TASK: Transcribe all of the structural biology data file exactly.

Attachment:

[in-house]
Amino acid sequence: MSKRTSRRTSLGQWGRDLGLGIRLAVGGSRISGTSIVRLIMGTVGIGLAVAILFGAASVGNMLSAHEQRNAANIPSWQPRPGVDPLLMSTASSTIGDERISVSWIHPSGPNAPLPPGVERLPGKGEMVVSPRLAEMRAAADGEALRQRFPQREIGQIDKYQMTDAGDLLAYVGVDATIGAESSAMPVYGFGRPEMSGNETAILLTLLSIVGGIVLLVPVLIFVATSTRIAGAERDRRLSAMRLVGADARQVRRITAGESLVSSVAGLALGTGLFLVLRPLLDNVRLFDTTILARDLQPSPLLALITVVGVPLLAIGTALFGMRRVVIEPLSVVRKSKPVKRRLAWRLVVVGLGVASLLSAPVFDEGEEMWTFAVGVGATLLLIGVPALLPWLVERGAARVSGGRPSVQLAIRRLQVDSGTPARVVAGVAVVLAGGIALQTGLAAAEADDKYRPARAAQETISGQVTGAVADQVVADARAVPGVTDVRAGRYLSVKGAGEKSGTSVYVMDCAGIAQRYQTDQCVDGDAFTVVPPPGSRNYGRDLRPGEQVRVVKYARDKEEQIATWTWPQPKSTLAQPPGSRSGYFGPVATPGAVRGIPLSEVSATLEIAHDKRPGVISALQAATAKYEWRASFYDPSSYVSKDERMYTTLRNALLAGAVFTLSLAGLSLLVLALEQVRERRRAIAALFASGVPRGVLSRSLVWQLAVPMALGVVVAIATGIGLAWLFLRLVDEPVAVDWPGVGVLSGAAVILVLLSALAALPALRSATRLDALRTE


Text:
[in-house]
Amino acid sequence: MSKRTSRRTSLGQWGRDLGLGIRLAVGGSRISGTSIVRLIMGTVGIGLAVAILFGAASVGNMLSAHEQRNAANIPSWQPRPGVDPLLMSTASSTIGDERISVSWIHPSGPNAPLPPGVERLPGKGEMVVSPRLAEMRAAADGEALRQRFPQREIGQIDKYQMTDAGDLLAYVGVDATIGAESSAMPVYGFGRPEMSGNETAILLTLLSIVGGIVLLVPVLIFVATSTRIAGAERDRRLSAMRLVGADARQVRRITAGESLVSSVAGLALGTGLFLVLRPLLDNVRLFDTTILARDLQPSPLLALITVVGVPLLAIGTALFGMRRVVIEPLSVVRKSKPVKRRLAWRLVVVGLGVASLLSAPVFDEGEEMWTFAVGVGATLLLIGVPALLPWLVERGAARVSGGRPSVQLAIRRLQVDSGTPARVVAGVAVVLAGGIALQTGLAAAEADDKYRPARAAQETISGQVTGAVADQVVADARAVPGVTDVRAGRYLSVKGAGEKSGTSVYVMDCAGIAQRYQTDQCVDGDAFTVVPPPGSRNYGRDLRPGEQVRVVKYARDKEEQIATWTWPQPKSTLAQPPGSRSGYFGPVATPGAVRGIPLSEVSATLEIAHDKRPGVISALQAATAKYEWRASFYDPSSYVSKDERMYTTLRNALLAGAVFTLSLAGLSLLVLALEQVRERRRAIAALFASGVPRGVLSRSLVWQLAVPMALGVVVAIATGIGLAWLFLRLVDEPVAVDWPGVGVLSGAAVILVLLSALAALPALRSATRLDALRTE